Bridewell Theatre, London EC4
Opened 31 July, 1997

Early in 1943 the remnants of the German Sixth Army, facing wipe-out at Stalingrad and forbidden to withdraw or surrender, were ordered to write their final letters home. The letters were never delivered; after a failed attempt to use them in a propaganda book, they were destroyed. However, the book's author made copies of those missives in which he found what would now be called "human interest". These are the letters which Matthew Mills has translated and adapted for Clarion Theatre Company's Last Letters From Stalingrad at the Bridewell.

It seems a magnificent idea for a pity-of-war play, but for some reason it does not come off. Possibly a fringe theatre at the close, clammy height of a London summer is not the best environment in which to summon up the ravages of the worst Russian winter for 250 years, but this should not matter. Mills, director Chattie Salaman and the cast of four men and two women do their best to open up the action: soldiers' recitations of their letters are interrupted by taped artillery fire which leads them to scramble for cover; messages are alternately read by their writers and their recipients, as the bleakness of existence at the front is intercut with relatively everyday scenes from the homeland. At one point the men act out an account of a grand piano being discovered in a ruined house and dragged on to the street, where a soldier plays the Appassionata upon it.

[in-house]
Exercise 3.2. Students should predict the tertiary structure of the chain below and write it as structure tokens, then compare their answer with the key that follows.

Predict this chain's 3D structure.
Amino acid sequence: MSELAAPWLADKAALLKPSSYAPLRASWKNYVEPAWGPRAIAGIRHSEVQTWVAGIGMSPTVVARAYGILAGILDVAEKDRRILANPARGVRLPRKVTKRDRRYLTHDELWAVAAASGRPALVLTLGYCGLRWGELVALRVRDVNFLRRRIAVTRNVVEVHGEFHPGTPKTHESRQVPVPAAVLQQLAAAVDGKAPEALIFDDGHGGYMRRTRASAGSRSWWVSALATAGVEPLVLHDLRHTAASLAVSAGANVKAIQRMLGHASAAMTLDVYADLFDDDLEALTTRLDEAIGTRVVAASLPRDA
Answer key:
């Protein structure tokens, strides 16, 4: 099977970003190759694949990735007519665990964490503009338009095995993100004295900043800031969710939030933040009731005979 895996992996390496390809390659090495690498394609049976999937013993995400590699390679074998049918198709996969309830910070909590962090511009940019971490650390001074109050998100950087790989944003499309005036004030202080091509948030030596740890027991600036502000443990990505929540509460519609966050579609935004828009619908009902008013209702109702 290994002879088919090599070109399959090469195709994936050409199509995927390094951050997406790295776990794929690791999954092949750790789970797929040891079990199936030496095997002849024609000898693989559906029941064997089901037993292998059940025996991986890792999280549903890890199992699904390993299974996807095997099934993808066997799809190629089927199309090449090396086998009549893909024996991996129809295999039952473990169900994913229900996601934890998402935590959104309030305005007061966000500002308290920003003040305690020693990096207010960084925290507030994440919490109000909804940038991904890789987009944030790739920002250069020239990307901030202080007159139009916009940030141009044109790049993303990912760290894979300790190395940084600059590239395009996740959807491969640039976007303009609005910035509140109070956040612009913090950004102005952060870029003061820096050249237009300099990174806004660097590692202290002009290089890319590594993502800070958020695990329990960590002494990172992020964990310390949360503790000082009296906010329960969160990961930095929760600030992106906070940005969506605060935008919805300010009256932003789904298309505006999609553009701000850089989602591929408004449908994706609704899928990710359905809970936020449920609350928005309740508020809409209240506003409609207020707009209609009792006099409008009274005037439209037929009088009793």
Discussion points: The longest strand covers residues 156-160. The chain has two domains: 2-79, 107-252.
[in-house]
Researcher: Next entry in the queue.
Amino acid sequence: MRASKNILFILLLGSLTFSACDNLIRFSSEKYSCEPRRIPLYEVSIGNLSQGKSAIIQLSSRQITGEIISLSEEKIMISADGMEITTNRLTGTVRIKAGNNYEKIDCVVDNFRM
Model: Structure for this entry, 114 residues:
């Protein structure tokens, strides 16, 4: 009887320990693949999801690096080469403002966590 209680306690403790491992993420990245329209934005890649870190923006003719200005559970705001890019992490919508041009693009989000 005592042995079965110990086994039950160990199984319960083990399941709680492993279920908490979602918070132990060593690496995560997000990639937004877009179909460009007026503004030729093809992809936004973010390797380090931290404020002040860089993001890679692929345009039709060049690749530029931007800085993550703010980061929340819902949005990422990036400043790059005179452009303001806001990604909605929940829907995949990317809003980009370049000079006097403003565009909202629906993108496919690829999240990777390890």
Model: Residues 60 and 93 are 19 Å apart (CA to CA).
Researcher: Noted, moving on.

The company sense the human tragedy in these letters, but do not communicate it to us. Their acting is a matter of efficiency and workmanship rather than empathy. At one or two points the use of taped material undermines the goings-on onstage: the final poignant farewell, of a young officer in his letter to his higher-ranking father, is delivered in untranslated German, but its tone of official leave-taking masking despair is swiftly destroyed by a portentous closing voice-over. Such moments aside, all the ingredients of a powerful piece are present, but over these 70 minutes they fail to gel. One is left with a desire to read the source material in order to encounter its intensity directly rather than settle for this unaccountably unsatisfying presentation of it.

Written for the Financial Times.

Copyright © Ian Shuttleworth; all rights reserved.

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